[0043] In this case, the first and second layers are advantageously applied to one another in such a way that the first layer crosslinks with the second layer.

[0044] The dip-coating may in this case take place in such a way that during or after the dip-coating operation a monomer or polymer or a mixture of at least one monomer and a polymer is polymerized. This makes it possible, for example, to crosslink the layers with one another during the polymerization operation. Moreover, this process offers the option of depositing insoluble polymers of soluble monomers or polymers on the substrate. The polymerization may in this case advantageously be effected by UV irradiation, ion or electron irradiation, the action of heat, a chemical action or by a combination of UV irradiation, ion or electron irradiation, the action of heat and/or a chemical action.

[0045] In addition to the electroluminescent layer, it is also possible, for example, for a layer with a preferably pronounced hole conductivity to be deposited as an organic layer, this layer advantageously including PEDOT (polyethylene-dioxythiophene) and/or PEDOT-PSS (polyethylene-dioxythiophene-polystyrenesulfonic acid) and/or PANI (polyaniline).

[0046] Layers which include these materials are particularly suitable for balancing out electron and hole currents through the electroluminescent layer and thereby increasing the efficiency of the organic light-emitting device.

[0047] Inter alia, organic substances which include paraphenylvinylene derivatives (PPV derivatives) and/or polyfluorenes are suitable for electroluminescent layers.

[0048] It is advantageously also possible for a dye to be embedded in at least one of the organic layers. In this way it is possible, for example, to produce electroluminescent layers with special dyes as active substances and/or as electroluminescent materials which cannot themselves be polymerized. In this context, it is particularly advantageous if the dyes are embedded in a polymer matrix.

[0049] Moreover, pigments may be incorporated in at least one of the organic layers, in order to influence the color sensation or the light spectrum emitted.

[0050] By crosslinking at least one organic layer, it is possible to produce particularly stable layers which are especially resistant to solvents during the deposition of further layers.

[0051] It is advantageously possible for a contact layer to be applied to the substrate prior to the application of the organic layers. Depending on the material, the layer can be used either as an anode or as a cathode for the organic light-emitting device. Accordingly, to make electrical contact with the device, it is possible for a contact layer to be applied to the organic layers which have been applied. The material is in this case advantageously selected in such a way that this contact layer acts as a cathode if a material which acts as an anode has been used as contact layer on the substrate, and vice versa. Suitable layer substances for this purpose, for the two contact layers, are in each case the materials described above, such as for example gold as anode or electronegative material or calcium as cathode or electron-injecting material.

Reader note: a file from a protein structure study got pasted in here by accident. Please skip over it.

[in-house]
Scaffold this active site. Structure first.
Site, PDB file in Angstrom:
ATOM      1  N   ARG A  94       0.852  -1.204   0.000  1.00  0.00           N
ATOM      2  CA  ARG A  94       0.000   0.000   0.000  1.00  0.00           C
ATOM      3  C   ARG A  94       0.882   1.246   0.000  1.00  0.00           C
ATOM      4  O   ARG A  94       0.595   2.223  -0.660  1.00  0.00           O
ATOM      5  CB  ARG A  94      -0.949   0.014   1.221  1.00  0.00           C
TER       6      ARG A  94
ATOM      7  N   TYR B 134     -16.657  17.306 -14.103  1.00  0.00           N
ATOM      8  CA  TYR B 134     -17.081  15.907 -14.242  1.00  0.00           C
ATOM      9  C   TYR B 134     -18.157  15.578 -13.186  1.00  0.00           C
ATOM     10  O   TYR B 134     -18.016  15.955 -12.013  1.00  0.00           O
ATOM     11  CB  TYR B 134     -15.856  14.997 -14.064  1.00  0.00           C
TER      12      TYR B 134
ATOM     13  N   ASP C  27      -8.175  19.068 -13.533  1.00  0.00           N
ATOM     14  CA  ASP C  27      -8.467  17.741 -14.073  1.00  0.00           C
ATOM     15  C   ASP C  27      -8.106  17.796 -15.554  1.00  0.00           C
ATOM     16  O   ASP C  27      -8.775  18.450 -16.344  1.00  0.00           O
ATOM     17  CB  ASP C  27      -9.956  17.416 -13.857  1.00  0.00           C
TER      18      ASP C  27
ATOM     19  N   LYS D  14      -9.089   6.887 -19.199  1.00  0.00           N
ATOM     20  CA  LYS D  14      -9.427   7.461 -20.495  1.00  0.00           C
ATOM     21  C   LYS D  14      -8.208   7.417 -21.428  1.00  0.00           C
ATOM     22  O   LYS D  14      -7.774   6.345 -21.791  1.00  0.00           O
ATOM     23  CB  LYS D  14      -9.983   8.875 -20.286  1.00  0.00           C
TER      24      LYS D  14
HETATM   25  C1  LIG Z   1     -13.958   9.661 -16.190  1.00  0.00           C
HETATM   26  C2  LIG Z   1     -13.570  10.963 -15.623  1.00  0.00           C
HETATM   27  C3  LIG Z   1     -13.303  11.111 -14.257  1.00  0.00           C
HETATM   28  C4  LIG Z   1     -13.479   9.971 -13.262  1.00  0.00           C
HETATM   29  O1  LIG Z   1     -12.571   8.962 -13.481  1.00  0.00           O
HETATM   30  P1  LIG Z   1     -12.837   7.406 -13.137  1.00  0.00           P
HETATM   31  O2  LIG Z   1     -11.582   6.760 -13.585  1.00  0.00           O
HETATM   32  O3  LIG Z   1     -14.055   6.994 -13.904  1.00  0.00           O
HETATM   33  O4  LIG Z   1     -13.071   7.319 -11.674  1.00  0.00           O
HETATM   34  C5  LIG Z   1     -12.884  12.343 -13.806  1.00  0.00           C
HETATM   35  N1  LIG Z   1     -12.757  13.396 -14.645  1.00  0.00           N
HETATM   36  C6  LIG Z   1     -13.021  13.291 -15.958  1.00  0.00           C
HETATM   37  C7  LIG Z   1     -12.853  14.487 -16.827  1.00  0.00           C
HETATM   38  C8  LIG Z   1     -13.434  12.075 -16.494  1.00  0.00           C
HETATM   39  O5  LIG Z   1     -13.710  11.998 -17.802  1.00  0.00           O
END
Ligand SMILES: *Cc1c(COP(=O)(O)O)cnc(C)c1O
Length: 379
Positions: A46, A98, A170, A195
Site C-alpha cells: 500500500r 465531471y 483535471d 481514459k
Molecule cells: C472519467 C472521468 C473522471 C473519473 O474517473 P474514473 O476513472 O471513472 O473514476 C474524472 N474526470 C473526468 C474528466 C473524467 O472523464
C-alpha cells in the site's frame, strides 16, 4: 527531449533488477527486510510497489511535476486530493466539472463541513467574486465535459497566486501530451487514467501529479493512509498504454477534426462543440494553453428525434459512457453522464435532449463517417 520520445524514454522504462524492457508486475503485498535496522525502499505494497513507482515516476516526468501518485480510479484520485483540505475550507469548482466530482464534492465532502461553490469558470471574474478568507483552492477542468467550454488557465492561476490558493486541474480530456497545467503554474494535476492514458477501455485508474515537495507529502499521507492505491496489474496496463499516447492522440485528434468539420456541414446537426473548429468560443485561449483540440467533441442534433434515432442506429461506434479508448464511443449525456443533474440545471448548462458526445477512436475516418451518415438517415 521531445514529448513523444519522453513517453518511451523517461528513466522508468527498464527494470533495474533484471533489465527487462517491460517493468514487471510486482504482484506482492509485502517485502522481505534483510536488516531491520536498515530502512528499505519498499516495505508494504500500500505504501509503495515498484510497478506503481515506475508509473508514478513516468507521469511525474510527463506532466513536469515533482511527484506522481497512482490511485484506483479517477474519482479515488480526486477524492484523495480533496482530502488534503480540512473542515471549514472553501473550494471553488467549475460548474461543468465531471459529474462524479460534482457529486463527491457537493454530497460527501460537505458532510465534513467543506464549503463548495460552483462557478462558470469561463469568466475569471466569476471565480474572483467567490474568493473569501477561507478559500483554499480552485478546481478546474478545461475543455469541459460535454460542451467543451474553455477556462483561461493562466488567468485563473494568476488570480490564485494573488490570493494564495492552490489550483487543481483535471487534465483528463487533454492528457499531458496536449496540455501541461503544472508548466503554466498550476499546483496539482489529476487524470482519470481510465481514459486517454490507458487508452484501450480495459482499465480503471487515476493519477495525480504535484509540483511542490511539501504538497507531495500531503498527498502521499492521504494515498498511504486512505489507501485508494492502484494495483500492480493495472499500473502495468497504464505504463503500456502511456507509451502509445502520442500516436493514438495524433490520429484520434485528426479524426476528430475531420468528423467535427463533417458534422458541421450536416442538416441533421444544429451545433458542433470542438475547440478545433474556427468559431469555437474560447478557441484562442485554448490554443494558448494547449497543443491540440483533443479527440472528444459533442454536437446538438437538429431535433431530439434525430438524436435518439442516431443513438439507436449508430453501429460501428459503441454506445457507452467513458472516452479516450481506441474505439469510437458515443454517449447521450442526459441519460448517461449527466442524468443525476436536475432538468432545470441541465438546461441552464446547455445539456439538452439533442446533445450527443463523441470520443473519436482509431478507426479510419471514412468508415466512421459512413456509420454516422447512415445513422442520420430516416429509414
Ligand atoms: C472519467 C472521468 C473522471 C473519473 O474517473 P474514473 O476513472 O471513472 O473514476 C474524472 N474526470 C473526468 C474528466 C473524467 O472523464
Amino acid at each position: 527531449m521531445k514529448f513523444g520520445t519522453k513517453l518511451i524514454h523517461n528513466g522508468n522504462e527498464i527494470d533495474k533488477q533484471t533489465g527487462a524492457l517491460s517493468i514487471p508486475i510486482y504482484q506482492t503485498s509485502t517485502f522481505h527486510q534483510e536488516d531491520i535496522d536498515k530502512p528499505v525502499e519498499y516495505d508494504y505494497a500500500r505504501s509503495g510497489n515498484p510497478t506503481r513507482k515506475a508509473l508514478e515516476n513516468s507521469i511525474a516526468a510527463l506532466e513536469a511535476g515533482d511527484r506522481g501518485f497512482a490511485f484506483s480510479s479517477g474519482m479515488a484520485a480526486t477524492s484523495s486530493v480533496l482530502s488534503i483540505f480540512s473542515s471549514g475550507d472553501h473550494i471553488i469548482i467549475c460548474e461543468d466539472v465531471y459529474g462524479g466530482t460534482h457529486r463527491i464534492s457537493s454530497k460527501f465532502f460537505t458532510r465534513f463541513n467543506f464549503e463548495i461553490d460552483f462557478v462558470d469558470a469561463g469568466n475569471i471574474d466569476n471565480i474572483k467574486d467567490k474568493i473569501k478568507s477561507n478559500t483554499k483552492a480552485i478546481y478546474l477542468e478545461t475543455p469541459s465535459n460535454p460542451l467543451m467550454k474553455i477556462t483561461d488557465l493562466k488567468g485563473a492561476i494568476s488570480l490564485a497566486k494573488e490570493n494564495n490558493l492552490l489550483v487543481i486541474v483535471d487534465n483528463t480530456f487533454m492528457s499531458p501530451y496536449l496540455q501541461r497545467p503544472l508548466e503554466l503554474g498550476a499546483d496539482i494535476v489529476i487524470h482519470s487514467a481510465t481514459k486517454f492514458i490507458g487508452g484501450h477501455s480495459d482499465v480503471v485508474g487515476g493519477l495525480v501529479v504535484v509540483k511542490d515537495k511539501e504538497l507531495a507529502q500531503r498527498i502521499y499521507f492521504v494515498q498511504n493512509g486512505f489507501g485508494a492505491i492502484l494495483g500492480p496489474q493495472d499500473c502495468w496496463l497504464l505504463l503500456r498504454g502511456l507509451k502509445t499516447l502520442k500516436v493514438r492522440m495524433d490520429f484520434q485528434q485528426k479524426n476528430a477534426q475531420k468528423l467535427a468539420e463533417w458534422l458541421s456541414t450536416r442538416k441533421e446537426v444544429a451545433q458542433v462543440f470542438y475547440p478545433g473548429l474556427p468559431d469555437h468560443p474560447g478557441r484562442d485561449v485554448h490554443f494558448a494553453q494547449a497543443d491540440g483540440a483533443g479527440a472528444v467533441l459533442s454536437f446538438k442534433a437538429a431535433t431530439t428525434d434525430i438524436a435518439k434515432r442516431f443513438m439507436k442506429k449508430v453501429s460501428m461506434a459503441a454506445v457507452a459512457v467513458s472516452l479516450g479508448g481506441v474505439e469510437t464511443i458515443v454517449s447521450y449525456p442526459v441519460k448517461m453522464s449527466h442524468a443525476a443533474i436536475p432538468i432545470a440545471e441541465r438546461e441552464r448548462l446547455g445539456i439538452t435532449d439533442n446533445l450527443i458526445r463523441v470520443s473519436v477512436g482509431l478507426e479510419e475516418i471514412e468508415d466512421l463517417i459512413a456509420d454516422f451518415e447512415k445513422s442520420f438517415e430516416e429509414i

[0052] The invention is not restricted to the materials described above, since the person skilled in the art can easily find further crosslinkable or polymerizable electroluminescent materials whose viscosity can be influenced.

[0053] The invention is described in more detail below on the basis of preferred embodiments and with reference to the appended drawings, in which:

[0054]FIG. 1 diagrammatically depicts a dip-coating apparatus,

[0055]FIG. 2 shows a diagrammatic cross section through an embodiment of the light-emitting device,

[0056]FIG. 3 shows a diagrammatic cross section through a further embodiment of the light-emitting device, and

[0057]FIG. 4 shows a diagrammatic cross section through yet another embodiment of the light-emitting device.

[0058]FIG. 1 diagrammatically depicts an embodiment of an apparatus used for the dip-coating of substrates. This apparatus is particularly suitable for carrying out process according to the invention for the production of organic light-emitting devices. The apparatus comprises a vessel or a tank 2 and a substrate holder 4, on which a substrate 1 attached to it can be moved in or oppositely to the direction of the arrow. For the dip-coating of the substrate, the tank 2 is filled with a liquid 3. The liquid consists of a solvent in which suitable polymers and/or monomers are dissolved. The substrate which is dipped into the solvent 3 at the start of the dip-coating is then slowly drawn out of the tank, with a film of liquid 6 remaining attached to the surface of the substrate 1 on account of the adhesion forces which prevail between substrate and solvent.

[0059] Evaporation of the solvent then leaves a polymer layer on the substrate. In addition, during or after the dip-coating it is possible to polymerize or crosslink the monomer or polymer or the mixture of at least one monomer and/or at least one polymer. The polymerization may, for example, be effected by UV or light irradiation, ion or electron irradiation, the action of heat, a chemical action and/or by a combination of UV irradiation, ion or electron irradiation, the action of heat and/or a chemical action.